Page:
'It feels like they shot Hudson all over again': Family devastated as charges against Mountie who shot their son stayed
Charges against an RCMP officer in relation to a fatal shooting outside a Surrey detachment have been stayed, the BC Prosecution Service announced Wednesday.
In 2017, Const. Elizabeth Cucheran was charged with aggravated assault and assault with a weapon after a young man was shot and killed two years earlier.
Hudson Brooks, 20, was shot outside the RCMP's Surrey headquarters in the early hours of July 18, 2015, after police responded to reports of a man screaming, the Mounties have said.
“This is a travesty of justice, this is a joke to our system,” cried Jennifer Brooks, Hudson’s mom. “It’s a shock. It really is a shock to hear what happened to my poor boy. To be killed that way. And then just the charges dropped.”
At the time, the RCMP said officers rushed outside and spotted the man, a struggle ensued and he was shot.
But on Wednesday, BCPS released more information about what happened that night, from the preliminary hearing.
According to the documents, an officer radioed saying “I need help now! I need help now!” Cucheran responded to find Brooks had “started to hammer at the driver’s door and window.” The officer who radioed said he felt Brooks wanted to “seriously harm or kill him.”
Cucheran yelled, "stop," the documents go on to say, and eventually Brooks turned his attention on her. He “continued to move towards Const. Cucheran, who was stepping back, firing as she did.”
The documents also say Brooks tackled her and there was an altercation. That’s when the lethal shot was fired. In total she fired 12 shots, nine struck Brooks and one hit her own leg.
They go on to say that multiple eye and expert witnesses changed their testimony “significantly,” and the prosecutions service conducted its own investigation.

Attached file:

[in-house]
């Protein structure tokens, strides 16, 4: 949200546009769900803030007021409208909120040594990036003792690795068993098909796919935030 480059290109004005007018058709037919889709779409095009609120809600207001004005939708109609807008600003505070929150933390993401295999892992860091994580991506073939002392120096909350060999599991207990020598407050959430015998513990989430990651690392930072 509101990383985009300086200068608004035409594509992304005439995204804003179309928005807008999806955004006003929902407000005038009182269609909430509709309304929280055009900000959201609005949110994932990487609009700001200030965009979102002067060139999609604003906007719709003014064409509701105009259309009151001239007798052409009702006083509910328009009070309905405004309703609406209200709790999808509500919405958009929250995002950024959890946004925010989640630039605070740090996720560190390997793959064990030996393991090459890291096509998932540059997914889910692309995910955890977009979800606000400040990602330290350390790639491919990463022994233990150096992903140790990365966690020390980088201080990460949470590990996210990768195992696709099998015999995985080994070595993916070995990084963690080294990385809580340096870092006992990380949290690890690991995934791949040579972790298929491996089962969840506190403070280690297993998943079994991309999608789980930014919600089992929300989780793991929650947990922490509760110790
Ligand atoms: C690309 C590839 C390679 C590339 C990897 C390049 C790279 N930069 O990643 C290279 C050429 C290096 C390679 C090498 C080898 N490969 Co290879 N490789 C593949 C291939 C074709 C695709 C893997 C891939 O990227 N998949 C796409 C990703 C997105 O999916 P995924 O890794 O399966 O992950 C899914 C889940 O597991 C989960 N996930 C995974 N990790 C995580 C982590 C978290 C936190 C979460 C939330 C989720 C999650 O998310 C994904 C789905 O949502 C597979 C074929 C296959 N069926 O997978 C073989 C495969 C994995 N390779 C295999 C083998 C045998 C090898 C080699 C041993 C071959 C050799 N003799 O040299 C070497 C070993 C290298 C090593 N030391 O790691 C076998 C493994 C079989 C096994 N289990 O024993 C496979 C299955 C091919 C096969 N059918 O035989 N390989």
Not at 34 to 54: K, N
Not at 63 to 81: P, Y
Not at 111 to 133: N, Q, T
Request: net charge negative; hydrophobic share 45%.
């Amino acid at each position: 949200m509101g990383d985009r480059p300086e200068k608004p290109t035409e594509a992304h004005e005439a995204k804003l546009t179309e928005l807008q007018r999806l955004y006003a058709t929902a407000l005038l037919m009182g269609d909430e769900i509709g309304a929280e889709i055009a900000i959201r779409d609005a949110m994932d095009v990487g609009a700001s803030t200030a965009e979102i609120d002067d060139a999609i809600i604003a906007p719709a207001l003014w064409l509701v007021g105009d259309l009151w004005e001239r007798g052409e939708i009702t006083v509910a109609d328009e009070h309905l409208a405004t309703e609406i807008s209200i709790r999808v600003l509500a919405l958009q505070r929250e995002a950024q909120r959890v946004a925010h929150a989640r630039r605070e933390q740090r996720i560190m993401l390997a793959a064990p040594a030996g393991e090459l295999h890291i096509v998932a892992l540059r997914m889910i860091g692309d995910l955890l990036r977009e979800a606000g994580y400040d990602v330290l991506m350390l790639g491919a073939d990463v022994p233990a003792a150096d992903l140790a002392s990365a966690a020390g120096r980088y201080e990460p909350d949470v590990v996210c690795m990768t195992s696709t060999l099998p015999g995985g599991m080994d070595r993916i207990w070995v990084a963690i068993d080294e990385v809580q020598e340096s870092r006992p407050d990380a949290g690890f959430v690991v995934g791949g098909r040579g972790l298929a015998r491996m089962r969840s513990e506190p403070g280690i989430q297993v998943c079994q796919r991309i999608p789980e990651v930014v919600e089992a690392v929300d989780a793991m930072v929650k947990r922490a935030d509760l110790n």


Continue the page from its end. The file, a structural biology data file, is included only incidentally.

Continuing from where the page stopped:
That lead them to believe Brooks was suffering from an “excited delirium or cocaine psychosis” which is “characterized by extreme agitation, hyperthermia, hostility, exceptional strength and endurance without apparent fatigue.” Documents confirm drugs and alcohol were in his system.
“Even the use of a taser would not have been very effective on the individual,” said SFU criminology professor Rob Gordon. "It is a condition that results in somebody becoming virtually uncontrollable and incoherent."
Gordon said while it’s controversial, someone experiencing the condition is not going to feel as much pain as others.
"Based on a careful review of new material received and consideration of an additional expert report, the BCPS has determined that the available evidence no longer satisfies the charge assessment standard for the continued prosecution of (Cucheran) for any criminal offence," BCPS said in a news release.
In 2017, the prosecution service said the long delay between the incident and charges being laid was a result of the complexities of the evidence and requirement for further investigation and analysis.
For Brooks’ family though, the decision is a major blow.
“How is this acceptable behaviour, how is this acceptable in this society? It’s not,” said Jennifer Brooks.
“Hudson needed help. He came down this way for help. And what did he get? He got nothing. He got murdered,” said his grandmother, Donna Gauti. “We’ll get our justice, hopefully, in the end when it’s all said and done.”
With files from CTV News Vancouver's Alyse Kotyk